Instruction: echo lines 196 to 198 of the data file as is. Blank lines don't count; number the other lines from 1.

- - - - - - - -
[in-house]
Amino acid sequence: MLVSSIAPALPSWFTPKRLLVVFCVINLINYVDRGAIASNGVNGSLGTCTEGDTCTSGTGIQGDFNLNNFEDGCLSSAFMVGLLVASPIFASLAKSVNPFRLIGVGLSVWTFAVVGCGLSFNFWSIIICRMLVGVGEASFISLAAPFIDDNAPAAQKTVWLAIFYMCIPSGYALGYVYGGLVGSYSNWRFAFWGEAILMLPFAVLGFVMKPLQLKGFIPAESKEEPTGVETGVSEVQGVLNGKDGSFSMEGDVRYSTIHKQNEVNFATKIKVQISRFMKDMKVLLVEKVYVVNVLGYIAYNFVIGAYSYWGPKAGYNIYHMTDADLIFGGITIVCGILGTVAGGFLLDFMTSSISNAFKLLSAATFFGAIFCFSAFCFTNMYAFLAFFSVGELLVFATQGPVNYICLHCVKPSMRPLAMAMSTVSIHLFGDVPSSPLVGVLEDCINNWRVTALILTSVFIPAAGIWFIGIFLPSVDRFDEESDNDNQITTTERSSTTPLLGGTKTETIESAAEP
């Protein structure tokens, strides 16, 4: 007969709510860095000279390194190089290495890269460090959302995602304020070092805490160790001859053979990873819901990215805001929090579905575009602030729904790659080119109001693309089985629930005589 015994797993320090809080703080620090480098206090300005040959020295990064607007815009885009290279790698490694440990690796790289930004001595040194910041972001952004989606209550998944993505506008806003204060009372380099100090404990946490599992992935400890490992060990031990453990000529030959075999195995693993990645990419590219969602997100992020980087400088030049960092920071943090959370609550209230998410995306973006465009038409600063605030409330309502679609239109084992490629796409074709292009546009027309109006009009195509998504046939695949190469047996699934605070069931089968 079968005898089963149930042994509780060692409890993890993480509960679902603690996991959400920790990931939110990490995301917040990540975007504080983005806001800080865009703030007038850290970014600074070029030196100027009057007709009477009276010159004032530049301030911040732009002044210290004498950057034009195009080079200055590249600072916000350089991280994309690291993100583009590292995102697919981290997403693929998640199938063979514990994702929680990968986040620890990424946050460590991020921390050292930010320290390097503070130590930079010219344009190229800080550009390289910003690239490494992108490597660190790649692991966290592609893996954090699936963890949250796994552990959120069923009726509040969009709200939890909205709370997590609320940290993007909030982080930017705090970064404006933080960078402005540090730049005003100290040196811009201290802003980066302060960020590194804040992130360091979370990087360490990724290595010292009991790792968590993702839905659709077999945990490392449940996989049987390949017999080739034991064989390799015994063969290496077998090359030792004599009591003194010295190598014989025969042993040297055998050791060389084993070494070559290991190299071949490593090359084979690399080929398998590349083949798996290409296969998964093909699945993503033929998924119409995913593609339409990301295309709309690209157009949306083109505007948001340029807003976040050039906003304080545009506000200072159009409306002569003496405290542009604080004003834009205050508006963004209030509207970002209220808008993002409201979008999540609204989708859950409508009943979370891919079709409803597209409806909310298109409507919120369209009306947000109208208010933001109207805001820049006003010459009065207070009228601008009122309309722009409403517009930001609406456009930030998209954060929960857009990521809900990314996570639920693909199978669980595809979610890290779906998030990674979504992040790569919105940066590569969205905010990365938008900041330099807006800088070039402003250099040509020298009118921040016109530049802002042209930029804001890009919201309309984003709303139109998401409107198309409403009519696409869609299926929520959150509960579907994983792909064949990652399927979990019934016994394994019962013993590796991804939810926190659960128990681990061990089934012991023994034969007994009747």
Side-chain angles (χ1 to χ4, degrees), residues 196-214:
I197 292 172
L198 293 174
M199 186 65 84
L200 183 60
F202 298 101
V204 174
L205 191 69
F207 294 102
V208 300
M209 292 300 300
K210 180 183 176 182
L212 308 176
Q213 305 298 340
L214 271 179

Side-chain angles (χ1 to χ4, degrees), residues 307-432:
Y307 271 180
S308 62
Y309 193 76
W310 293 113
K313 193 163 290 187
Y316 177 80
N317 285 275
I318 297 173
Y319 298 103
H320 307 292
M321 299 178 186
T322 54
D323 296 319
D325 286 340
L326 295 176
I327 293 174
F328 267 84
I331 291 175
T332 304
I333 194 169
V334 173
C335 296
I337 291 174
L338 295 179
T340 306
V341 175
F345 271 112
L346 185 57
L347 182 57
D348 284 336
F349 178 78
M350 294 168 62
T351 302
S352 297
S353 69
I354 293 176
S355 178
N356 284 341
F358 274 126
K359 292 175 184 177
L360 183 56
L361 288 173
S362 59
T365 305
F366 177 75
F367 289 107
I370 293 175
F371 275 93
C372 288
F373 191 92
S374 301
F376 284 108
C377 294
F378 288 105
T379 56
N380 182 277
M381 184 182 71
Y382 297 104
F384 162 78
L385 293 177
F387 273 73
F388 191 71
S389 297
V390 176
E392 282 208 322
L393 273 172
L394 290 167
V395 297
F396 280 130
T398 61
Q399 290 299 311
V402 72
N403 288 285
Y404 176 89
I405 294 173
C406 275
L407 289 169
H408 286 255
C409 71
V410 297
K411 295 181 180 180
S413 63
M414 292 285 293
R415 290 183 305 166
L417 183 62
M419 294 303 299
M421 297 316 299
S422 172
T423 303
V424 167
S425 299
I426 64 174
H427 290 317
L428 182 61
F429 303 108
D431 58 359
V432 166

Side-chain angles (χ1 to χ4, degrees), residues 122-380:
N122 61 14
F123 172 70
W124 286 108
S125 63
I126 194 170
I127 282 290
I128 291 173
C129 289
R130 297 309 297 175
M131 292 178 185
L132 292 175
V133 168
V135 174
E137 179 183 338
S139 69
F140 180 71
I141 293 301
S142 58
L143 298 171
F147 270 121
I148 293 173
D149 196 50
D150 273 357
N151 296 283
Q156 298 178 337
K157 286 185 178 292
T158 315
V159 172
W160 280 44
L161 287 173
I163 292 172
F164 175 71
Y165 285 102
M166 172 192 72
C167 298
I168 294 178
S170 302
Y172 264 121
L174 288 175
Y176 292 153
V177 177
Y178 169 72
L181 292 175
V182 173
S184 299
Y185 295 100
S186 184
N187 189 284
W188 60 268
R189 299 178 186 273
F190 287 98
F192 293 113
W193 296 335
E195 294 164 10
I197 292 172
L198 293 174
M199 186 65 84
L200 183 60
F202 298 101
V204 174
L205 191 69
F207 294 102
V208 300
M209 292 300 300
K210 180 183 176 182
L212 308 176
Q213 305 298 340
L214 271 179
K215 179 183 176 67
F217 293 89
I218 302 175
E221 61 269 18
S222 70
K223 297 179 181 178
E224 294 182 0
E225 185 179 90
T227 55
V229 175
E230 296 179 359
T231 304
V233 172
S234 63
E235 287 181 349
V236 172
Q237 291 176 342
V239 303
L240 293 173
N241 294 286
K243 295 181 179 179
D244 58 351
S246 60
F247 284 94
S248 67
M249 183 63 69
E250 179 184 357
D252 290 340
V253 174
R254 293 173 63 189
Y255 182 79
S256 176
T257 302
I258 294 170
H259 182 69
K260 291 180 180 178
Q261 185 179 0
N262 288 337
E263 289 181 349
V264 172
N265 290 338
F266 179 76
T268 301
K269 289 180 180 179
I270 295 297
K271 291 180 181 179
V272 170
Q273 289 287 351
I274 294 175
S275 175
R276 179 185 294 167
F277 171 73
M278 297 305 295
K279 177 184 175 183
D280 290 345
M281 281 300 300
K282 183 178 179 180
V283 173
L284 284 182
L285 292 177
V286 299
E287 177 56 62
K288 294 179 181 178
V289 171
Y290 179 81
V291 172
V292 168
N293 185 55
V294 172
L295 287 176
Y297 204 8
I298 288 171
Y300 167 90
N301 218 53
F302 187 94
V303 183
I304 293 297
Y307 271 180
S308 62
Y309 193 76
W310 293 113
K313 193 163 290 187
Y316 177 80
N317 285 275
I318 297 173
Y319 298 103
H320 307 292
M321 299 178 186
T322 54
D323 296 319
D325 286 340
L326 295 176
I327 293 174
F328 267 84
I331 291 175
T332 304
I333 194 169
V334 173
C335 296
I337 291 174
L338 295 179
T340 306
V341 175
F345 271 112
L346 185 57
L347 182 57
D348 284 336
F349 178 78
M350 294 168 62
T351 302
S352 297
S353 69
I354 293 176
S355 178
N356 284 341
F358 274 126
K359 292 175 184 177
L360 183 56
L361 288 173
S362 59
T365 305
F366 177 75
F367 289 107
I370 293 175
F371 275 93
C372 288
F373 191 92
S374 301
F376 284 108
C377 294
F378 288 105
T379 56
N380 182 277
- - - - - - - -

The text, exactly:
E230 296 179 359
T231 304
V233 172